In addition to buying Wild Type Ranch beef at farmers markets, consumers can pre-order beef directly from Faivre-Davis, and then meet her at one of her delivery points in the Austin area, or arrange to pick the meat up at the ranch. One local restaurant has also added Wild Type Ranch beef to its menu.

In the Business of Top-Notch Genetics

The foundation for Wild Type Ranch’s successful beef program is a quality registered black Angus and red Angus herd with bloodlines that are selected for tenderness.

"Genetics is our primary business, whether it’s for the beef or for breeding stock," Faivre-Davis says.

Certified to perform artificial inseminations, Faivre-Davis uses a combination of artificial insemination, embryo transfer and natural service in the ranch’s breeding program.

"We aim in our registered stock to not sell anything that’s not in the top 1 percent of the breed," she says. Currently, Wild Type Ranch has 43 registered Angus breeding females, and four of them are in the top 150 of the Angus breed. Heifers that are not reproductively efficient enter the beef supply, and a bull has to be pretty spectacular to be sold as a bull instead of beef.

"The two business lines complement each other," she says. "We have really high standards on our registered stock, and we can keep those standards without taking a big hit if we don’t sell any breeding animals, because the beef side of the business gives us a high bottom-line alternative."

Innovative Approaches for a Unique Operation

Faivre-Davis admits that her type of operation is not one that every producer could manage. "We’ve had to be willing to explore lots of options and not do things the way they’ve always been done," she says.

She gives credit to her husband — an Australian with a background in aquaculture — for some of their innovative approaches to ranching.

"Ralph looks at a problem and comes up with some pretty unique solutions," she says. "We’re working into more rotational grazing, and we’ve experimented with some natural fish-based fertilizers."

Jason Fuchs, vice president and branch manager of Capital Farm Credit’s Temple office, and Faivre-Davis’ loan officer, knew from his first meeting with her that she had a special type of operation in mind.

"It was clear that Sara wasn’t going to start a typical cow-calf operation that we are used to seeing," Fuchs says. "However, she had a detailed business plan and a passion for creating her own niche operation. She wasn’t starting a new business — she was making a lifestyle change, and we were happy to be a part of that."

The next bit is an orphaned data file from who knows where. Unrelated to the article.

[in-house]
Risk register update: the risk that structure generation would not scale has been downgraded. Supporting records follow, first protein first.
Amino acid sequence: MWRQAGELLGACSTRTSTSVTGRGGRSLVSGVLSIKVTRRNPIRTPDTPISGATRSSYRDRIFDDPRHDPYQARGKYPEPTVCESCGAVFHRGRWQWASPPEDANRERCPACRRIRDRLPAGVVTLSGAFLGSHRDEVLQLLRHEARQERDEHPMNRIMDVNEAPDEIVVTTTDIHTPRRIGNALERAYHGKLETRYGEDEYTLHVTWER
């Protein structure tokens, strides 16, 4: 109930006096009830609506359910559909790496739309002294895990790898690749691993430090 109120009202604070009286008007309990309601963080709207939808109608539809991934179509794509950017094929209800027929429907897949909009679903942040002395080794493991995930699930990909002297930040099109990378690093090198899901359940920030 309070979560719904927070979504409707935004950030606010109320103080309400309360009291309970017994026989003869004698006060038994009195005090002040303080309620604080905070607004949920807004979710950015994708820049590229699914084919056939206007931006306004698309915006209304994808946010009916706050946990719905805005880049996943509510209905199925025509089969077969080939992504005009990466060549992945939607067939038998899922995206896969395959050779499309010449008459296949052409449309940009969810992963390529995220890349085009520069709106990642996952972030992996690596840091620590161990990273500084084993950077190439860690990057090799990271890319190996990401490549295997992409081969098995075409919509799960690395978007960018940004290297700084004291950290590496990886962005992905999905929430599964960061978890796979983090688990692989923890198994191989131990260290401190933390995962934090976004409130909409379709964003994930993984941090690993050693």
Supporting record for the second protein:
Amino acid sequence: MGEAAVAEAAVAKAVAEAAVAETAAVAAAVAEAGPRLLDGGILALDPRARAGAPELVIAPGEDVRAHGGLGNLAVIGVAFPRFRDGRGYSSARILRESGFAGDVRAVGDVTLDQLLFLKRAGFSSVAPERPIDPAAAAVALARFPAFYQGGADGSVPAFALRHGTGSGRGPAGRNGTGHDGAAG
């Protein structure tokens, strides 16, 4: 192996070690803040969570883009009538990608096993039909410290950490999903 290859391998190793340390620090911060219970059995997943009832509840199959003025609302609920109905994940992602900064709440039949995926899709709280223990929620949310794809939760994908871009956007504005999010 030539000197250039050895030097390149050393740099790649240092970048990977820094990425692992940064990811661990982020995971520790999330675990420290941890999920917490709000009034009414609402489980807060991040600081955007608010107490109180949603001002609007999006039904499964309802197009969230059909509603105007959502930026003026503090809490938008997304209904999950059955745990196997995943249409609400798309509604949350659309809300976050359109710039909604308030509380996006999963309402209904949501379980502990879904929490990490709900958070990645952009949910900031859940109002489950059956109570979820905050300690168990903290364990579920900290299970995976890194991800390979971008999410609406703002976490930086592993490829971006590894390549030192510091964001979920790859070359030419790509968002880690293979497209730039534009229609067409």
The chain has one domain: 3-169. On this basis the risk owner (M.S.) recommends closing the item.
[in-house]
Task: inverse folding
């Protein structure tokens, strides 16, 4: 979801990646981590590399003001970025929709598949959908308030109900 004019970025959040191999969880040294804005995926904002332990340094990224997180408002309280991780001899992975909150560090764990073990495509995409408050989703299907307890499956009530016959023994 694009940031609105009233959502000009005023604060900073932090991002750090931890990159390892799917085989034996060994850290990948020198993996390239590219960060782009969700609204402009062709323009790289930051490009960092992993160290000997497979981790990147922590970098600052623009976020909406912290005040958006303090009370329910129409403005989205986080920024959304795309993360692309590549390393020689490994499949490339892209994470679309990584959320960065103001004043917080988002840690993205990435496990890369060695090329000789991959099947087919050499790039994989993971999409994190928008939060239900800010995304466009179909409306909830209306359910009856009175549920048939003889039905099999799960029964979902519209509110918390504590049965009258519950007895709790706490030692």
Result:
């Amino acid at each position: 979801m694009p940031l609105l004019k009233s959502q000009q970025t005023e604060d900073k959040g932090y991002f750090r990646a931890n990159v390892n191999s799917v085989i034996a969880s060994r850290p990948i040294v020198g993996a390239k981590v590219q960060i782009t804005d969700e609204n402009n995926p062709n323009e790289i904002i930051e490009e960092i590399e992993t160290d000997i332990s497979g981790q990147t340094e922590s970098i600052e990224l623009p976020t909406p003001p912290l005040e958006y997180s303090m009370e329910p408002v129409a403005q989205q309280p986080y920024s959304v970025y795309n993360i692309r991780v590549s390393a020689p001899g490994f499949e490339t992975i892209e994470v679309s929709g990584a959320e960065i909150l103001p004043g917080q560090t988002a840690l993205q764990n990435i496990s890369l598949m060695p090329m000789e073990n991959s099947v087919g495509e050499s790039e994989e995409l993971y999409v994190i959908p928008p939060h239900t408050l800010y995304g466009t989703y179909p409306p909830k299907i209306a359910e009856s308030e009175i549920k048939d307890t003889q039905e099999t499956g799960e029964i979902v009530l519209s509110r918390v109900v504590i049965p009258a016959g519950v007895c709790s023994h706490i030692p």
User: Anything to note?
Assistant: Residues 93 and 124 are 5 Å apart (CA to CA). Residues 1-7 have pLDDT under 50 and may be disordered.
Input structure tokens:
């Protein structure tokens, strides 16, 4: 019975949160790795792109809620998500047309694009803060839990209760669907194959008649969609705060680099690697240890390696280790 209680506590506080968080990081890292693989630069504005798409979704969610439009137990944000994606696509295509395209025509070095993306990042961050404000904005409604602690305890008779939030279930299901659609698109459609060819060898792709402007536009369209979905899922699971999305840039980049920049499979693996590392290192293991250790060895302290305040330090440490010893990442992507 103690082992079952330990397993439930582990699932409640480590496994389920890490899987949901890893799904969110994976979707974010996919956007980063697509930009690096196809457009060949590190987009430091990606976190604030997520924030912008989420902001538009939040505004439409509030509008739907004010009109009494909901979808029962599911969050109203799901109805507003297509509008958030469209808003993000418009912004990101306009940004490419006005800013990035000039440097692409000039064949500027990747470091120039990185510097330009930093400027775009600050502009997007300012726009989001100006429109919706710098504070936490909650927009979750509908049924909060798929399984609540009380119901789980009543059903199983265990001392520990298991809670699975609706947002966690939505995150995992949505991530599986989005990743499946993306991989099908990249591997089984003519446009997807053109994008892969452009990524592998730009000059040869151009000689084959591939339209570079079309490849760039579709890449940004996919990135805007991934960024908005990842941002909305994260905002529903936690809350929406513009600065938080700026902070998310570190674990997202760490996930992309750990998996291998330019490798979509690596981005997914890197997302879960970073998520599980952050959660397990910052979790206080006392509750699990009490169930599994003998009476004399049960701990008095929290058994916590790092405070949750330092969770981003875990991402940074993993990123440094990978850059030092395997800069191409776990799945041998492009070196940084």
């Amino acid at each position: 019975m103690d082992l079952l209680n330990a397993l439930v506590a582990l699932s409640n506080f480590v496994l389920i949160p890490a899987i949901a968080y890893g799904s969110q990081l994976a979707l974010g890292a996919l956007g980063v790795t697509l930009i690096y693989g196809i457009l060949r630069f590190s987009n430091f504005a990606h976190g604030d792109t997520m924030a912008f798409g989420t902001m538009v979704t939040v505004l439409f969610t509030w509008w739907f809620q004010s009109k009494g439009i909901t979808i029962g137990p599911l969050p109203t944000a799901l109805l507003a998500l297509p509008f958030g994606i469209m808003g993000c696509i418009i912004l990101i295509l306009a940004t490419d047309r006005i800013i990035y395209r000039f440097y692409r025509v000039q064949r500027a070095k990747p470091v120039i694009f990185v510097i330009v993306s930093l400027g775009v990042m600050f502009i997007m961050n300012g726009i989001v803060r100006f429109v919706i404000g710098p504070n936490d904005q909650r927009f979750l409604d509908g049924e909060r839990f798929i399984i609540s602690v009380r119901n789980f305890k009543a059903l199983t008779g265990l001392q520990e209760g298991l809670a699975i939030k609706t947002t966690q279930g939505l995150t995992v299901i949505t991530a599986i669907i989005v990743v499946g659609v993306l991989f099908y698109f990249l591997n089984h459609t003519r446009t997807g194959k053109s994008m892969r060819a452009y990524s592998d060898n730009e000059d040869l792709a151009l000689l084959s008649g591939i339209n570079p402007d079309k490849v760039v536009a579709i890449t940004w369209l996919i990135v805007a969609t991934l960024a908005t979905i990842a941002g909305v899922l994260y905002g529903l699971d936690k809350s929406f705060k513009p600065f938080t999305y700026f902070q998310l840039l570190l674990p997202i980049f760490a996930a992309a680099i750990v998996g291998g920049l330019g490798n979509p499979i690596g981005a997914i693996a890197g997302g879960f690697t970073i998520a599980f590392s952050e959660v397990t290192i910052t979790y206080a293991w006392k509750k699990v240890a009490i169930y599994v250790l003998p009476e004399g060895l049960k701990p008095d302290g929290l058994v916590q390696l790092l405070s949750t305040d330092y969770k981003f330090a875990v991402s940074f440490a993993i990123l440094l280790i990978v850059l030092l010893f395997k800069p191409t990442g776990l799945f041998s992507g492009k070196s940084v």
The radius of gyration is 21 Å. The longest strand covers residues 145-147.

Food with Heart

While Faivre-Davis is a scientist, marketer and rancher, at the heart of Wild Type Ranch are her acute social awareness and a desire to educate consumers about food production. She is editor of Down to Earth, a blog that aims to separate fact from fiction about food production. At her farmers market booths, Faivre-Davis makes literature about the "going-local movement" available to customers and, of course, is happy to answer any questions they may have.

"I have one former vegan and three former vegetarians who are now regular customers," she says.

In addition, 10 percent of the net proceeds from Wild Type Ranch beef sales is donated to local family and domestic violence awareness and assistance programs.

"I’ve built a customer base that’s extremely loyal, and I have the most job satisfaction I could ever imagine," says Faivre-Davis. "I get e-mails from my customers telling me that they’re glad I’m in business — how many people hear that?!"

For more information about Wild Type Ranch, visit their Web site, www.wildtyperanch.com.

– Sarah Harris

Tips and Resources for "Going Local"

Faivre-Davis advises consumers interested in "going local" to not think of it as an all-or-nothing mission, or it will seem virtually impossible. Instead, she encourages people to switch to more whole foods, to plant homegrown herb and vegetable gardens and to shop local farmers markets.

"The main idea behind eating locally is to make the most of your region’s agricultural strengths," she adds.

Visit these online resources to find a local farmers market:

Local Harvest 

U. S. Department of Agriculture — Agricultural Marketing Service

Alabama Farmers Market Authority

Louisiana Farmers Market Program

Mississippi Farmers Markets

New Mexico Farmers Market Association

Texas Certified Farmers Markets

Another Growing Trend in Agriculture

In addition to the movement toward buying and eating locally produced food, Faivre-Davis is part of another growing trend: an increased number of female agricultural operators.

According to the 2007 Census of Agriculture, which was released earlier this year, 306,209 female principal operators were counted in 2007, up from the approximately 237,819 reported in 2002 — an increase of almost 30 percent. The census also found that women operators are fairly equally split among three industries: cattle, calves and feedlots; aquaculture and other livestock operations; and other crops.